Energy efficiency gains can save individual consumers and businesses money, but as the United States struggles to transition to new types of energy sources, efficiency driven reductions in demand within a state or region may not directly translate into lower energy prices. On this topic, at the Portland Press Herald today, Tux Turkel has an excellent feature on a new analysis from ISO-New England that projects major energy efficiency gains for Maine, Vermont and Rhode Island. Much of these energy efficiency gains, writes Turkel, have been sparked by smart state spending to provide rebates and subsidies for lighting, heat pumps, and appliance updates.

Yet despite lower demand for energy from businesses and households, New Englanders are not likely to see their electric rates go down, explains Turkel.

As New England has closed its nuclear power plants and shifted away from coal power, the region is transitioning to greater reliance on more expensive Canadian hydropower. Most notably, however, the region has also greatly increased its reliance on natural gas, but has yet to benefit from the country’s low natural gas prices. Constrained supply lines into the region combined with cold weather spikes in demand the past few winters have combined to keep whole sale natural gas prices much higher than in other parts of the country. “These natural gas price spikes are like signal flares, warning us that there could be an economic disaster ahead for New England consumers and businesses,” MA Senator Edward Markey said earlier this year. “We need to bolster our capacity to bring domestic natural gas into New England.”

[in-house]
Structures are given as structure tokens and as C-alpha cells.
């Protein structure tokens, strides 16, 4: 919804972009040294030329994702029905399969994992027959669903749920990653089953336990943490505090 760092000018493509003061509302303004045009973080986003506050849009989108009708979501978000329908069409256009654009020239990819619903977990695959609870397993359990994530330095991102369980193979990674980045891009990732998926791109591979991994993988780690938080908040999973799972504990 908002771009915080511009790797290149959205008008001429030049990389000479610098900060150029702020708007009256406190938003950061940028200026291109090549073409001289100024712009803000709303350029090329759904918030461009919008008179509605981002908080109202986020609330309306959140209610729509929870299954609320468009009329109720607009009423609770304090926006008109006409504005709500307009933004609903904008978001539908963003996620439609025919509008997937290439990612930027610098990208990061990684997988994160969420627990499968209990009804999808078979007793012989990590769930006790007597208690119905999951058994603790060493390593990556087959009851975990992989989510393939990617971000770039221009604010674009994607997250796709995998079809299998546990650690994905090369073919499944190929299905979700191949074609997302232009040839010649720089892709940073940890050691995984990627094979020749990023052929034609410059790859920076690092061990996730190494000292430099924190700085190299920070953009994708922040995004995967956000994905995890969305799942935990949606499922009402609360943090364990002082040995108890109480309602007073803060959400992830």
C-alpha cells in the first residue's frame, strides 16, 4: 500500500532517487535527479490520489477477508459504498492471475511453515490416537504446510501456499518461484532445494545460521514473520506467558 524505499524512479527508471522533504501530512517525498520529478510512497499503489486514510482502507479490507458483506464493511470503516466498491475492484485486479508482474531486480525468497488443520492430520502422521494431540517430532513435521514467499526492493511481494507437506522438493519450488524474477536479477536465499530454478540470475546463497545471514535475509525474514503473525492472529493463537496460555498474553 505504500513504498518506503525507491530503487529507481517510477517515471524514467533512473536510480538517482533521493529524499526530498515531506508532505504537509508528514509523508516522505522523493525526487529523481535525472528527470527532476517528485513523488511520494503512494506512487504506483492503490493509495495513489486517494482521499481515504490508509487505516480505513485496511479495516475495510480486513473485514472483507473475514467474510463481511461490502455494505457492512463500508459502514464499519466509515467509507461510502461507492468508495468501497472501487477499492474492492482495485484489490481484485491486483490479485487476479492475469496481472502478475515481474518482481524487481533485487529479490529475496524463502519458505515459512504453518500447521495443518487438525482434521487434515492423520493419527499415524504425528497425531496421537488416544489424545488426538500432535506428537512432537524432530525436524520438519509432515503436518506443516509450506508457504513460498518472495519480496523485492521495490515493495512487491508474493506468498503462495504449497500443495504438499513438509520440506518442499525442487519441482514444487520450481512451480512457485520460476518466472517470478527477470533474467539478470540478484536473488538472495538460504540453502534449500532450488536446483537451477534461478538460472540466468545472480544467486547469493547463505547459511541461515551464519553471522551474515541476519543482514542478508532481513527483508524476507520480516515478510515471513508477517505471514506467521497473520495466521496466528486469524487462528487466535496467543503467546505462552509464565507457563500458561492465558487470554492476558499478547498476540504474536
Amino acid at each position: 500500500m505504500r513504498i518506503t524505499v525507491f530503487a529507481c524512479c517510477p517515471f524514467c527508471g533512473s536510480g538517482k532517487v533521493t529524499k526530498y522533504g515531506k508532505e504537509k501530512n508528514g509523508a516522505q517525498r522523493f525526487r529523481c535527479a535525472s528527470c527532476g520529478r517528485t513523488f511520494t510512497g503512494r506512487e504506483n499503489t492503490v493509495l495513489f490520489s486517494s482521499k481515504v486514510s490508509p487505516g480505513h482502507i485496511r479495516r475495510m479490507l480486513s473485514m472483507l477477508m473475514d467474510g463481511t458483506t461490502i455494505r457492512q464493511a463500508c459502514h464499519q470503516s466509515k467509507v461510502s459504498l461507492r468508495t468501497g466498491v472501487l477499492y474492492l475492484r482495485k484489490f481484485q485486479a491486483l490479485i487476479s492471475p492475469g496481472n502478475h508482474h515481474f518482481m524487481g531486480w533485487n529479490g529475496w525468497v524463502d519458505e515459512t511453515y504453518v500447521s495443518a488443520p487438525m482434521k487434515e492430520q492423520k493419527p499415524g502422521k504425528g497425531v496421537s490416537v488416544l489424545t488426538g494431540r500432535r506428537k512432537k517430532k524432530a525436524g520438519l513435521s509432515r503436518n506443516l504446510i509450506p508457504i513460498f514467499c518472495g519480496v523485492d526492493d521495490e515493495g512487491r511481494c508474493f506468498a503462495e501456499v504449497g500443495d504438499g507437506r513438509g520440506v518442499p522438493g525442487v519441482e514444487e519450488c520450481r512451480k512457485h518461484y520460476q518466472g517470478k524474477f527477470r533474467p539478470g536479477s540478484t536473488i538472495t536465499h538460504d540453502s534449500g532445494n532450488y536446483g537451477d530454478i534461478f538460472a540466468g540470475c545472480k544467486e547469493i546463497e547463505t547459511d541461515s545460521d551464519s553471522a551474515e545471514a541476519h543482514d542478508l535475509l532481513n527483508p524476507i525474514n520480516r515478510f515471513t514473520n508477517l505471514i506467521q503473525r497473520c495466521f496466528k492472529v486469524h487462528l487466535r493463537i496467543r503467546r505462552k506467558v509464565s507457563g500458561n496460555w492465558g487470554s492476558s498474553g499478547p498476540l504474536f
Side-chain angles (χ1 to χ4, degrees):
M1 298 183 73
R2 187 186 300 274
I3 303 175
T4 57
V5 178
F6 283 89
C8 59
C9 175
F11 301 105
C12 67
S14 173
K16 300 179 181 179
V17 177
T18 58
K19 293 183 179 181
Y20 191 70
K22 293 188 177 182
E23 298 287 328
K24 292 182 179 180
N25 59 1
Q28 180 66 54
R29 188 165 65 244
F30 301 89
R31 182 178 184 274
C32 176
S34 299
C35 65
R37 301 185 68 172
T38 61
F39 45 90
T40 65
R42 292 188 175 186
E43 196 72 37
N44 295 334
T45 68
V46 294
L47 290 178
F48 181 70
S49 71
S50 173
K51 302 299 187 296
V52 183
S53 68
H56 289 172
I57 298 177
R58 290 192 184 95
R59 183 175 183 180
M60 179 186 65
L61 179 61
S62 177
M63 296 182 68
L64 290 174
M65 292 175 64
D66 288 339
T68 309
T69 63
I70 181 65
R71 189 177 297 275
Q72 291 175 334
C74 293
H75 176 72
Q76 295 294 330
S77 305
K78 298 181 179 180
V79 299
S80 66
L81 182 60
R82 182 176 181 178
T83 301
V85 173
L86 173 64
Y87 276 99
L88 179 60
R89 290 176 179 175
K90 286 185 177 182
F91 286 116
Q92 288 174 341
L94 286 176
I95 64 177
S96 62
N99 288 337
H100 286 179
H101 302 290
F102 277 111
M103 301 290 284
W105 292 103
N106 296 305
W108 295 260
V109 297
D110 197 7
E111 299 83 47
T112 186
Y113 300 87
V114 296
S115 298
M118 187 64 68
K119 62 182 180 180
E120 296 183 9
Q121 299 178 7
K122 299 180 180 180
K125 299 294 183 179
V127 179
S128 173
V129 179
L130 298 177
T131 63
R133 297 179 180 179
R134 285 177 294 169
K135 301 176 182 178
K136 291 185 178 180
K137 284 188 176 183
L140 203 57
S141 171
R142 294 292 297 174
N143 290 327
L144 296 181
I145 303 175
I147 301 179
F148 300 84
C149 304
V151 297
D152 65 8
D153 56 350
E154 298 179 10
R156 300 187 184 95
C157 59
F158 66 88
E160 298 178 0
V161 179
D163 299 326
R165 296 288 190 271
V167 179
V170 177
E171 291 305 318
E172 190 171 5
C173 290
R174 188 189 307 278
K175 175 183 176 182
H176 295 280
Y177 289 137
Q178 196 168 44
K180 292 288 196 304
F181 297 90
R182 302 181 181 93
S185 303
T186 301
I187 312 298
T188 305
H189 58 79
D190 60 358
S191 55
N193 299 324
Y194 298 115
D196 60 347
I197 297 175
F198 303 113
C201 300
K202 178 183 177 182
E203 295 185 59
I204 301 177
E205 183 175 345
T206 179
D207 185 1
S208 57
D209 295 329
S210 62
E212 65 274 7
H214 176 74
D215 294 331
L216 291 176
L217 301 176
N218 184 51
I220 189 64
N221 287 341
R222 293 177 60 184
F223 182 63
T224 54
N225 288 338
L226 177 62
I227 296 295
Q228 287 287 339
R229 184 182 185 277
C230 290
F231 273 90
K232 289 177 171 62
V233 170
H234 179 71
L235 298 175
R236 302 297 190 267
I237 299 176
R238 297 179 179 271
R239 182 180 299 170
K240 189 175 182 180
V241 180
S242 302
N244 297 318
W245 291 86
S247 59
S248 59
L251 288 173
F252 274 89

Though gas pipeline access in the region is a priority of Markey and all six New England governors, the expansion of this “fracking infrastructure” is strongly opposed by regional activist groups. Last week, for example, Rising Tide Vermont staged a protest opposing the expansion of a gas pipeline in that state with one protestor chaining herself to the front door of Vermont Gas and others hanging a banner from the utility’s roof. You can read more about the protest in a report by the Burlington Free Press’ Glenn Russell and watch the paper’s video report below.